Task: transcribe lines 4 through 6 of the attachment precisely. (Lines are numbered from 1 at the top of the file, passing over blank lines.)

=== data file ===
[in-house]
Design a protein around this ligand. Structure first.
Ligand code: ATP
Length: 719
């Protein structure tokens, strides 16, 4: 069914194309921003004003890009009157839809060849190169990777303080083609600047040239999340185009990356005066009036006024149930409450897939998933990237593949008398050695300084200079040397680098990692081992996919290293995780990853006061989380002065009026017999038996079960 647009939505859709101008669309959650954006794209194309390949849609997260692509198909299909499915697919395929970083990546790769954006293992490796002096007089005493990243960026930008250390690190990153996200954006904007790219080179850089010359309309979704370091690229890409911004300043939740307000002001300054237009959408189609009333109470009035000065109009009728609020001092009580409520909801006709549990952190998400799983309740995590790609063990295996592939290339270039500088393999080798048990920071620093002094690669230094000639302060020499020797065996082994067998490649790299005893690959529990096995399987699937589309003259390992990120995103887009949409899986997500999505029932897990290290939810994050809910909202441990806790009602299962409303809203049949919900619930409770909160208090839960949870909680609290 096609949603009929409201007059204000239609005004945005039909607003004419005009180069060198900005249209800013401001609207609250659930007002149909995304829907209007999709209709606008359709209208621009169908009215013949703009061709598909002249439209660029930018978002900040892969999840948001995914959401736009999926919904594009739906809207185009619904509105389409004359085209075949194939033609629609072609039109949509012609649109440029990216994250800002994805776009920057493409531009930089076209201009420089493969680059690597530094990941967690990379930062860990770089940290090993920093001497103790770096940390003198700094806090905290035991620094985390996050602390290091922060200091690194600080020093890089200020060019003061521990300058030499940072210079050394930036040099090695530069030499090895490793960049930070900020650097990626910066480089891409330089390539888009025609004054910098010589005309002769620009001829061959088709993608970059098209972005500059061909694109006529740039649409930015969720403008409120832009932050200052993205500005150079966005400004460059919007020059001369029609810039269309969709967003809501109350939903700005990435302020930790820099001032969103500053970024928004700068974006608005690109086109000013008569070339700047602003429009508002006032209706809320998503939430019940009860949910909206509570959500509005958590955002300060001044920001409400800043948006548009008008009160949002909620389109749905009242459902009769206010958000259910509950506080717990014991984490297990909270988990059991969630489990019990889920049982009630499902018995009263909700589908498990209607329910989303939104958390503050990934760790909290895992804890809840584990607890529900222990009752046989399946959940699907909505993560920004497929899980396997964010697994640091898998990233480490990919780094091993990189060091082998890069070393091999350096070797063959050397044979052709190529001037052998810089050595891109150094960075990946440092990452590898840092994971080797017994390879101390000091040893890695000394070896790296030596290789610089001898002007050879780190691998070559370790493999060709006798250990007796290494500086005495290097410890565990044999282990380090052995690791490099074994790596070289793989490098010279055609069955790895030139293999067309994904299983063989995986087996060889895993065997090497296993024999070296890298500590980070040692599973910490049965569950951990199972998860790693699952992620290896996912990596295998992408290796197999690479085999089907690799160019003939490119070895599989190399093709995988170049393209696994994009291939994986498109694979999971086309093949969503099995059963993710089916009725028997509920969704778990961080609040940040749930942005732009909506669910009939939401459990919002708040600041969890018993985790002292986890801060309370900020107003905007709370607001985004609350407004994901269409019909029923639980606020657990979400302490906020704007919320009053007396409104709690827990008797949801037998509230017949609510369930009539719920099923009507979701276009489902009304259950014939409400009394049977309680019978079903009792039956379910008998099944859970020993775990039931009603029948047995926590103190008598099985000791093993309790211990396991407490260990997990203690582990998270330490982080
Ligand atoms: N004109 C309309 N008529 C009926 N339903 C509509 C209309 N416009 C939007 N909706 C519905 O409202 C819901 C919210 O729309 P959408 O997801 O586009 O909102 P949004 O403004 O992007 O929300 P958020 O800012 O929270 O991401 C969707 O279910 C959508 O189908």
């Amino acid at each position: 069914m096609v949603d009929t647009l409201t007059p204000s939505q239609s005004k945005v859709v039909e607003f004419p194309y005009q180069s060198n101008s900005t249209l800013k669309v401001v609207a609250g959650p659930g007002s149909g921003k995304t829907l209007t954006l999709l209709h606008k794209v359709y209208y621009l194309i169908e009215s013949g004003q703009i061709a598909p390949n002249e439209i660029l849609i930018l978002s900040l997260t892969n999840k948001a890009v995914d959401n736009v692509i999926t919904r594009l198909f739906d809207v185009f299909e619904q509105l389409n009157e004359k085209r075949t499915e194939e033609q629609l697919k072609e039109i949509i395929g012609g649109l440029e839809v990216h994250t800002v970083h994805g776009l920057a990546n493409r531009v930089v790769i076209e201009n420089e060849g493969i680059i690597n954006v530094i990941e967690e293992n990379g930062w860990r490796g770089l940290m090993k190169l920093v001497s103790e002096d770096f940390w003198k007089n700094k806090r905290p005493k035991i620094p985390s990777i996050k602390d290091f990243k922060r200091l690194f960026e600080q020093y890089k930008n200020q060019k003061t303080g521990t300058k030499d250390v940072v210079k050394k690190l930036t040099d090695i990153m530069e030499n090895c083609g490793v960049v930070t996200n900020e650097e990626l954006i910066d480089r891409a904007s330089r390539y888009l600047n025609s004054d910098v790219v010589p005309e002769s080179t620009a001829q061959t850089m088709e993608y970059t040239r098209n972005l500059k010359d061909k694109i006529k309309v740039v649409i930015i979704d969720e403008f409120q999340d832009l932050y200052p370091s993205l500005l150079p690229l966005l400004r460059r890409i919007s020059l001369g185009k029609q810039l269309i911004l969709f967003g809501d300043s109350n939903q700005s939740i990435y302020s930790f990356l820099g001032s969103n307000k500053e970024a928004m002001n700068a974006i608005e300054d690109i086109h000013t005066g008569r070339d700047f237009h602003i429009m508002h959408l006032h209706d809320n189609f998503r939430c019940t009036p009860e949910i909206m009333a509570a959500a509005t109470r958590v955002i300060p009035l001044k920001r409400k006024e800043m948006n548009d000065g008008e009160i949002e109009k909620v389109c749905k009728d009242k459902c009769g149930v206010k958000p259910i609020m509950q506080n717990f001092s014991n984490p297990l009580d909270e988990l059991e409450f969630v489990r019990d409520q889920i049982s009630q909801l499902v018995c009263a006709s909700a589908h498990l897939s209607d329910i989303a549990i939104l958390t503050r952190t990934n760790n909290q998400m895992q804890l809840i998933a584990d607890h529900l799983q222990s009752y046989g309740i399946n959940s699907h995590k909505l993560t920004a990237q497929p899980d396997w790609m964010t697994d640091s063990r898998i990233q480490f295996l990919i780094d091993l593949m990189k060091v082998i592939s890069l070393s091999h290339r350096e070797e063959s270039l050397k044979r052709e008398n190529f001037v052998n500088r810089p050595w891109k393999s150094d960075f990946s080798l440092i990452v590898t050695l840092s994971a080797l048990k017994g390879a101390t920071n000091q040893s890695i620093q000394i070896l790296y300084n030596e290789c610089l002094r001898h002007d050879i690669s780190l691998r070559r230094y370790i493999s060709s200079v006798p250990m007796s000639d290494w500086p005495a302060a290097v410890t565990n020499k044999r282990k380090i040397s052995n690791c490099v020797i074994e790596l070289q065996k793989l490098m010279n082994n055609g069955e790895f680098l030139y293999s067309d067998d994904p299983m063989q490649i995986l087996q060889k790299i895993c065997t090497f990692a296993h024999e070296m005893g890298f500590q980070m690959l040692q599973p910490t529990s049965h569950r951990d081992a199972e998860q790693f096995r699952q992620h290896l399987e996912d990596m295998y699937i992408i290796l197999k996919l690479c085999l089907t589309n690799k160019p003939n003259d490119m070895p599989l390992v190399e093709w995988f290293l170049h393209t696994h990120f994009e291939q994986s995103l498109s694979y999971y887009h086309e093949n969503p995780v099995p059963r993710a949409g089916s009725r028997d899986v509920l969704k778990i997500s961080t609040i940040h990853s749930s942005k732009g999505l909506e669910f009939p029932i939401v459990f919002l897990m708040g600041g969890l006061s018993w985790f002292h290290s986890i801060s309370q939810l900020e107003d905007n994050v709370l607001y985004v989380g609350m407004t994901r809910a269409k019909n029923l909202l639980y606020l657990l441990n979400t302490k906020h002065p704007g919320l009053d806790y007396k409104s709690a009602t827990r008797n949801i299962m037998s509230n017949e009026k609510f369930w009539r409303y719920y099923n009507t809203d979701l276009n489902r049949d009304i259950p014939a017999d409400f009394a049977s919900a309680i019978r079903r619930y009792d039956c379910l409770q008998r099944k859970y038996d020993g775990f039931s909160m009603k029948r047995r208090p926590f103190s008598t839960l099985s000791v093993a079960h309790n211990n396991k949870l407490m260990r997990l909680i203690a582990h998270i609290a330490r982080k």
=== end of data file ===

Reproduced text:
Length: 719
């Protein structure tokens, strides 16, 4: 069914194309921003004003890009009157839809060849190169990777303080083609600047040239999340185009990356005066009036006024149930409450897939998933990237593949008398050695300084200079040397680098990692081992996919290293995780990853006061989380002065009026017999038996079960 647009939505859709101008669309959650954006794209194309390949849609997260692509198909299909499915697919395929970083990546790769954006293992490796002096007089005493990243960026930008250390690190990153996200954006904007790219080179850089010359309309979704370091690229890409911004300043939740307000002001300054237009959408189609009333109470009035000065109009009728609020001092009580409520909801006709549990952190998400799983309740995590790609063990295996592939290339270039500088393999080798048990920071620093002094690669230094000639302060020499020797065996082994067998490649790299005893690959529990096995399987699937589309003259390992990120995103887009949409899986997500999505029932897990290290939810994050809910909202441990806790009602299962409303809203049949919900619930409770909160208090839960949870909680609290 096609949603009929409201007059204000239609005004945005039909607003004419005009180069060198900005249209800013401001609207609250659930007002149909995304829907209007999709209709606008359709209208621009169908009215013949703009061709598909002249439209660029930018978002900040892969999840948001995914959401736009999926919904594009739906809207185009619904509105389409004359085209075949194939033609629609072609039109949509012609649109440029990216994250800002994805776009920057493409531009930089076209201009420089493969680059690597530094990941967690990379930062860990770089940290090993920093001497103790770096940390003198700094806090905290035991620094985390996050602390290091922060200091690194600080020093890089200020060019003061521990300058030499940072210079050394930036040099090695530069030499090895490793960049930070900020650097990626910066480089891409330089390539888009025609004054910098010589005309002769620009001829061959088709993608970059098209972005500059061909694109006529740039649409930015969720403008409120832009932050200052993205500005150079966005400004460059919007020059001369029609810039269309969709967003809501109350939903700005990435302020930790820099001032969103500053970024928004700068974006608005690109086109000013008569070339700047602003429009508002006032209706809320998503939430019940009860949910909206509570959500509005958590955002300060001044920001409400800043948006548009008008009160949002909620389109749905009242459902009769206010958000259910509950506080717990014991984490297990909270988990059991969630489990019990889920049982009630499902018995009263909700589908498990209607329910989303939104958390503050990934760790909290895992804890809840584990607890529900222990009752046989399946959940699907909505993560920004497929899980396997964010697994640091898998990233480490990919780094091993990189060091082998890069070393091999350096070797063959050397044979052709190529001037052998810089050595891109150094960075990946440092990452590898840092994971080797017994390879101390000091040893890695000394070896790296030596290789610089001898002007050879780190691998070559370790493999060709006798250990007796290494500086005495290097410890565990044999282990380090052995690791490099074994790596070289793989490098010279055609069955790895030139293999067309994904299983063989995986087996060889895993065997090497296993024999070296890298500590980070040692599973910490049965569950951990199972998860790693699952992620290896996912990596295998992408290796197999690479085999089907690799160019003939490119070895599989190399093709995988170049393209696994994009291939994986498109694979999971086309093949969503099995059963993710089916009725028997509920969704778990961080609040940040749930942005732009909506669910009939939401459990919002708040600041969890018993985790002292986890801060309370900020107003905007709370607001985004609350407004994901269409019909029923639980606020657990979400302490906020704007919320009053007396409104709690827990008797949801037998509230017949609510369930009539719920099923009507979701276009489902009304259950014939409400009394049977309680019978079903009792039956379910008998099944859970020993775990039931009603029948047995926590103190008598099985000791093993309790211990396991407490260990997990203690582990998270330490982080
Ligand atoms: N004109 C309309 N008529 C009926 N339903 C509509 C209309 N416009 C939007 N909706 C519905 O409202 C819901 C919210 O729309 P959408 O997801 O586009 O909102 P949004 O403004 O992007 O929300 P958020 O800012 O929270 O991401 C969707 O279910 C959508 O189908």